Growing Potatoes In Your Patch
Is Easy And Rewarding
Down in the basement you have a few potatoes growing
in the bottom of the bag. They are soft and mushy and have long greenish sprouts growing from them. You could bury them in the ground and grow some fresh new potatoes this summer. It really is that simple. There is, of course, a better way.How Do I Start?
Well you could use the potato above but buying certified seed potatoes will get you two things. A much bigger
choice of varieties
and that’s the major reason for growing your own. The “certified” means that they were grown from special stock under special conditions in an attempt to eliminate the viruses and diseases that often contaminate field grown potatoes. You can plant the whole potato or cut it up into smaller pieces to create even more plants.
Where Do I Cut?
A useful piece of potato needs two things. It must have a few ‘eyes’, that’s the growing points that turned into the sprouts on your basement potatoes. It needs to be big enough to provide nourishment to the developing sprout until it develops its own roots. A piece about the size of a golf ball would be a good measure. It’s shape doesn’t matter. However you need to cut up the larger potato to include some eyes on each smaller piece.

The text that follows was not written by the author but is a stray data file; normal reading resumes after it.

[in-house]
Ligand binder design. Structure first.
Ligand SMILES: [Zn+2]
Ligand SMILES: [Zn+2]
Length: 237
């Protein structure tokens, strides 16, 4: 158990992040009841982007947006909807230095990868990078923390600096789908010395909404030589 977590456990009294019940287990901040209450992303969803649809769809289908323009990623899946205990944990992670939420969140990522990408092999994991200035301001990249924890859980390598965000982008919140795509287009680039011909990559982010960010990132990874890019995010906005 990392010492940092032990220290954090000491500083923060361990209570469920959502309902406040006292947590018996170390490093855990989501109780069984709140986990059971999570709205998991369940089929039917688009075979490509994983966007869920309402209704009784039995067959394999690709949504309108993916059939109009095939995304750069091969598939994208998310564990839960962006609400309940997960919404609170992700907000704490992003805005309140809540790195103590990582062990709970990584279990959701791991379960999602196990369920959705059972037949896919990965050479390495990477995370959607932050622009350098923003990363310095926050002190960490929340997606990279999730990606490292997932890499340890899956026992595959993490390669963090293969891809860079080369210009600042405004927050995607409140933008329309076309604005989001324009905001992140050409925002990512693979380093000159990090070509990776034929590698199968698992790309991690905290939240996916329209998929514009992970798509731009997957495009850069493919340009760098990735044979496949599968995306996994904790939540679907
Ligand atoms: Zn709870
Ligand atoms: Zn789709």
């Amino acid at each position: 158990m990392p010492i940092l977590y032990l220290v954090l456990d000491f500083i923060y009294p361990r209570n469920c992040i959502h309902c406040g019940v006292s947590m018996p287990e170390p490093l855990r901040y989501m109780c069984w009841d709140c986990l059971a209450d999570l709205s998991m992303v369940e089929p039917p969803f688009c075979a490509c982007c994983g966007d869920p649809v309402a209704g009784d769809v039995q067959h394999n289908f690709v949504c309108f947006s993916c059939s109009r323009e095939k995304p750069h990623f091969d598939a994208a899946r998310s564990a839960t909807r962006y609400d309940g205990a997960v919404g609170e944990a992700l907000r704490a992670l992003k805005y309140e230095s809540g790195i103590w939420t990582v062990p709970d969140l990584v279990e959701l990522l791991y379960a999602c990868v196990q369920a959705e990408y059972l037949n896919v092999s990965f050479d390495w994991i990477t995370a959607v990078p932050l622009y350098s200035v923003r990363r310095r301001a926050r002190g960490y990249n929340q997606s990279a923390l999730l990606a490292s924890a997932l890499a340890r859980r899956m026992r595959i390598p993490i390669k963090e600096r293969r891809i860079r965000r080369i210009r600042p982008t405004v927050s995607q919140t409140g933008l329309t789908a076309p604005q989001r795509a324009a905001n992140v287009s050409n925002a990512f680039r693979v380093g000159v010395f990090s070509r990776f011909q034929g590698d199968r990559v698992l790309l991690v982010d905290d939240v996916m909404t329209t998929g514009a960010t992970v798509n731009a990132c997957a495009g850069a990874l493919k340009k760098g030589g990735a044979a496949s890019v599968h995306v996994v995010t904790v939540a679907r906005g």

How Do I Plant It?
Dig a trench about 4" / 10cm deep and long enough to accommodate all of your pieces of potato, spacing them about 12" / 30cm apart with the cut surface facing down and the eye up. A version of the old sod laying axiom, “green side up.” Rake about 2" / 5cm of soil back over the top of the potato pieces.
As the shoots start to grow continue to pull more soil around the base of the growing shoots until that have at least 6" / 15cm of soil piled around them. Later in the season you can pull even more soil around the stems to keep the developing potatoes covered. The actual potatoes should never be exposed to direct sunlight.
Food And Water?
Potatoes are heavy feeders and do much better with liberal applications of compost or granular fertilizer. This should be added after the pieces are in the ground and covered so that they don’t come into direct contact with the fertilizer. A commercial fertilizer such as 14 28 7 or with numbers in about the same proportions, is best. When the actual tubers are developing , after the plants have flowered, they need a good and continuous supply of moisture. You may have to turn on the sprinkler if mother nature does not cooperate. Soaking well once a week is far better than frequent light waterings. The water does have to get down through all of that soil we have been piling up around the plants.
My Favourite Trick!
When the plants have finished flowering and are growing well, I gently dig around the base of the plants to see if I can find a few small tubers. I gently remove these for an early taste treat. Carefully cover up the plant, just as you found it and let it continue to grow and develop the rest of its tubers. The whole plant can be dug up and harvested later in the season as the tops begin to fade.
Enjoy the varied tastes, textures and colours such as in this intriguing variety, French Fingerling, of this easy garden vegetable.
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